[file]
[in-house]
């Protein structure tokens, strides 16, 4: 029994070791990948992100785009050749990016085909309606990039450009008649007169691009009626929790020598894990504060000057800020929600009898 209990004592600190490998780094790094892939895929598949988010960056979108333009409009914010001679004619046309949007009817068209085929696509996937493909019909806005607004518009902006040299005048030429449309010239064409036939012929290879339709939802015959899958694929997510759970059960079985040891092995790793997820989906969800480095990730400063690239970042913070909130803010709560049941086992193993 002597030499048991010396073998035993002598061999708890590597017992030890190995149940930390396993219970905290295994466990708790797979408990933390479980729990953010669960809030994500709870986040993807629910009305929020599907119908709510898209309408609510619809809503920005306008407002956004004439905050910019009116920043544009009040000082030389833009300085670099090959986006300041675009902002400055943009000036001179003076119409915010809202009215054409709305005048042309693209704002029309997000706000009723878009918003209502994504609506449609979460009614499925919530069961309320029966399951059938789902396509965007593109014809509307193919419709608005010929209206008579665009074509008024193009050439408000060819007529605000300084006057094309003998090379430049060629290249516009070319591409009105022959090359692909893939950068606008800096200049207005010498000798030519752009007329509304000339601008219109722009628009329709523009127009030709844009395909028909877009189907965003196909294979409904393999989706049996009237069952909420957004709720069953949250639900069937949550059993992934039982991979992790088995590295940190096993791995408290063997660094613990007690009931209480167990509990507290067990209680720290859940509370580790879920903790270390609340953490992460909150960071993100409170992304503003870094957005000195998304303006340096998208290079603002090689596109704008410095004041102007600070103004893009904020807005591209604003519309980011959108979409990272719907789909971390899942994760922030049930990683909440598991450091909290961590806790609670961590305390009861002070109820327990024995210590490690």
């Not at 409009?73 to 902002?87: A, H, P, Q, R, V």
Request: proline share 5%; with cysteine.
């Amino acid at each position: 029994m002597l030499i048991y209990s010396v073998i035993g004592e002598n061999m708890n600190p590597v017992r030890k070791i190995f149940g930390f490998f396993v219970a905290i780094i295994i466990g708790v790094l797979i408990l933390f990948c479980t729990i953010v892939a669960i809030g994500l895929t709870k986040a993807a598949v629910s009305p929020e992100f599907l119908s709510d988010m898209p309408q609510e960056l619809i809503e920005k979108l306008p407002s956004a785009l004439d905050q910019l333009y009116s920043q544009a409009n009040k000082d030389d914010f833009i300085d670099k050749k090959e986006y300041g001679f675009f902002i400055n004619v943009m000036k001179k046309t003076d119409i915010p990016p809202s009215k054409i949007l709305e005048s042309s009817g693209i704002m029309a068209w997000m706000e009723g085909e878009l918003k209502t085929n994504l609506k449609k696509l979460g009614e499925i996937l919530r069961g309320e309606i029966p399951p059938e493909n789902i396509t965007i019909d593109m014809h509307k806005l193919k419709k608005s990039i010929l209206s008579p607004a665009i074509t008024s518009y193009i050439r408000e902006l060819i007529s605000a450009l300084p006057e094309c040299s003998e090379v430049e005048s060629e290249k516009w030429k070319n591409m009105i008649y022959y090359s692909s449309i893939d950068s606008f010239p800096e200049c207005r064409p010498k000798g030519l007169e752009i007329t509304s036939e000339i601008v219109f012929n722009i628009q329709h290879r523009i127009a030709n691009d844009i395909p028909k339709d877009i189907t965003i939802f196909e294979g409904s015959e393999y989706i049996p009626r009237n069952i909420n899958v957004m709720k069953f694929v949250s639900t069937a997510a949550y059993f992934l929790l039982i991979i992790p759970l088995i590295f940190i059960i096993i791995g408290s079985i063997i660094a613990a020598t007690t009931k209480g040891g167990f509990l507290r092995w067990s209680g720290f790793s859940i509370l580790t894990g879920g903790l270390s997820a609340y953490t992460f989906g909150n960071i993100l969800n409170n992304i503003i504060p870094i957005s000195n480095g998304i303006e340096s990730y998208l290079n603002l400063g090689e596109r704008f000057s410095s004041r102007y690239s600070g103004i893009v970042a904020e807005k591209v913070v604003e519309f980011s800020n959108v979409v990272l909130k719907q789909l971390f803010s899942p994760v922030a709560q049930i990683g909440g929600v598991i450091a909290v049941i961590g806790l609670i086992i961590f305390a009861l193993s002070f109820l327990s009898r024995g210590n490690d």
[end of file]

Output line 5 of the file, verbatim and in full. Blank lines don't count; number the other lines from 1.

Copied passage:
């Amino acid at each position: 029994m002597l030499i048991y209990s010396v073998i035993g004592e002598n061999m708890n600190p590597v017992r030890k070791i190995f149940g930390f490998f396993v219970a905290i780094i295994i466990g708790v790094l797979i408990l933390f990948c479980t729990i953010v892939a669960i809030g994500l895929t709870k986040a993807a598949v629910s009305p929020e992100f599907l119908s709510d988010m898209p309408q609510e960056l619809i809503e920005k979108l306008p407002s956004a785009l004439d905050q910019l333009y009116s920043q544009a409009n009040k000082d030389d914010f833009i300085d670099k050749k090959e986006y300041g001679f675009f902002i400055n004619v943009m000036k001179k046309t003076d119409i915010p990016p809202s009215k054409i949007l709305e005048s042309s009817g693209i704002m029309a068209w997000m706000e009723g085909e878009l918003k209502t085929n994504l609506k449609k696509l979460g009614e499925i996937l919530r069961g309320e309606i029966p399951p059938e493909n789902i396509t965007i019909d593109m014809h509307k806005l193919k419709k608005s990039i010929l209206s008579p607004a665009i074509t008024s518009y193009i050439r408000e902006l060819i007529s605000a450009l300084p006057e094309c040299s003998e090379v430049e005048s060629e290249k516009w030429k070319n591409m009105i008649y022959y090359s692909s449309i893939d950068s606008f010239p800096e200049c207005r064409p010498k000798g030519l007169e752009i007329t509304s036939e000339i601008v219109f012929n722009i628009q329709h290879r523009i127009a030709n691009d844009i395909p028909k339709d877009i189907t965003i939802f196909e294979g409904s015959e393999y989706i049996p009626r009237n069952i909420n899958v957004m709720k069953f694929v949250s639900t069937a997510a949550y059993f992934l929790l039982i991979i992790p759970l088995i590295f940190i059960i096993i791995g408290s079985i063997i660094a613990a020598t007690t009931k209480g040891g167990f509990l507290r092995w067990s209680g720290f790793s859940i509370l580790t894990g879920g903790l270390s997820a609340y953490t992460f989906g909150n960071i993100l969800n409170n992304i503003i504060p870094i957005s000195n480095g998304i303006e340096s990730y998208l290079n603002l400063g090689e596109r704008f000057s410095s004041r102007y690239s600070g103004i893009v970042a904020e807005k591209v913070v604003e519309f980011s800020n959108v979409v990272l909130k719907q789909l971390f803010s899942p994760v922030a709560q049930i990683g909440g929600v598991i450091a909290v049941i961590g806790l609670i086992i961590f305390a009861l193993s002070f109820l327990s009898r024995g210590n490690d």